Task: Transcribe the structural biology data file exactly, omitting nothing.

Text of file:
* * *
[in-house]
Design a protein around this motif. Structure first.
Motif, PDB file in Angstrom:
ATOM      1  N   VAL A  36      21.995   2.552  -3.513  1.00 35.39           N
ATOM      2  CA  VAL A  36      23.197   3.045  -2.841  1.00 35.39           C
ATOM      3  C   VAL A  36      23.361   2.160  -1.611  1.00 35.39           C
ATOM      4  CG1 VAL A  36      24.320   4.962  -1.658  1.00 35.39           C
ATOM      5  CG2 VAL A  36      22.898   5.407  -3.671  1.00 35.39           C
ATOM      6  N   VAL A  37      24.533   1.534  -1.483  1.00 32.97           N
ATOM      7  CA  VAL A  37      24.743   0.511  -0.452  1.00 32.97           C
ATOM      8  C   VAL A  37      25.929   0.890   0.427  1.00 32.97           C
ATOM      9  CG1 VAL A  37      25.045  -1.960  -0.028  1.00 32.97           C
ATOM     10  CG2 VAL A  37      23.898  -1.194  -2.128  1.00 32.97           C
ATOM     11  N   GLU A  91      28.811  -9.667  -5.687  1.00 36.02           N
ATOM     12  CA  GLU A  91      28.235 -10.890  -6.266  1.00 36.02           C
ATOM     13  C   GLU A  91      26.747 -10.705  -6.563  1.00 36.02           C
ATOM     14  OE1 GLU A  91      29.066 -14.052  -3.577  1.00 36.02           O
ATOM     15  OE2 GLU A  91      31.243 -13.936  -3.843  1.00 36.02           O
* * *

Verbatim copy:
[in-house]
Design a protein around this motif. Structure first.
Motif, PDB file in Angstrom:
ATOM      1  N   VAL A  36      21.995   2.552  -3.513  1.00 35.39           N
ATOM      2  CA  VAL A  36      23.197   3.045  -2.841  1.00 35.39           C
ATOM      3  C   VAL A  36      23.361   2.160  -1.611  1.00 35.39           C
ATOM      4  CG1 VAL A  36      24.320   4.962  -1.658  1.00 35.39           C
ATOM      5  CG2 VAL A  36      22.898   5.407  -3.671  1.00 35.39           C
ATOM      6  N   VAL A  37      24.533   1.534  -1.483  1.00 32.97           N
ATOM      7  CA  VAL A  37      24.743   0.511  -0.452  1.00 32.97           C
ATOM      8  C   VAL A  37      25.929   0.890   0.427  1.00 32.97           C
ATOM      9  CG1 VAL A  37      25.045  -1.960  -0.028  1.00 32.97           C
ATOM     10  CG2 VAL A  37      23.898  -1.194  -2.128  1.00 32.97           C
ATOM     11  N   GLU A  91      28.811  -9.667  -5.687  1.00 36.02           N
ATOM     12  CA  GLU A  91      28.235 -10.890  -6.266  1.00 36.02           C
ATOM     13  C   GLU A  91      26.747 -10.705  -6.563  1.00 36.02           C
ATOM     14  OE1 GLU A  91      29.066 -14.052  -3.577  1.00 36.02           O
ATOM     15  OE2 GLU A  91      31.243 -13.936  -3.843  1.00 36.02           O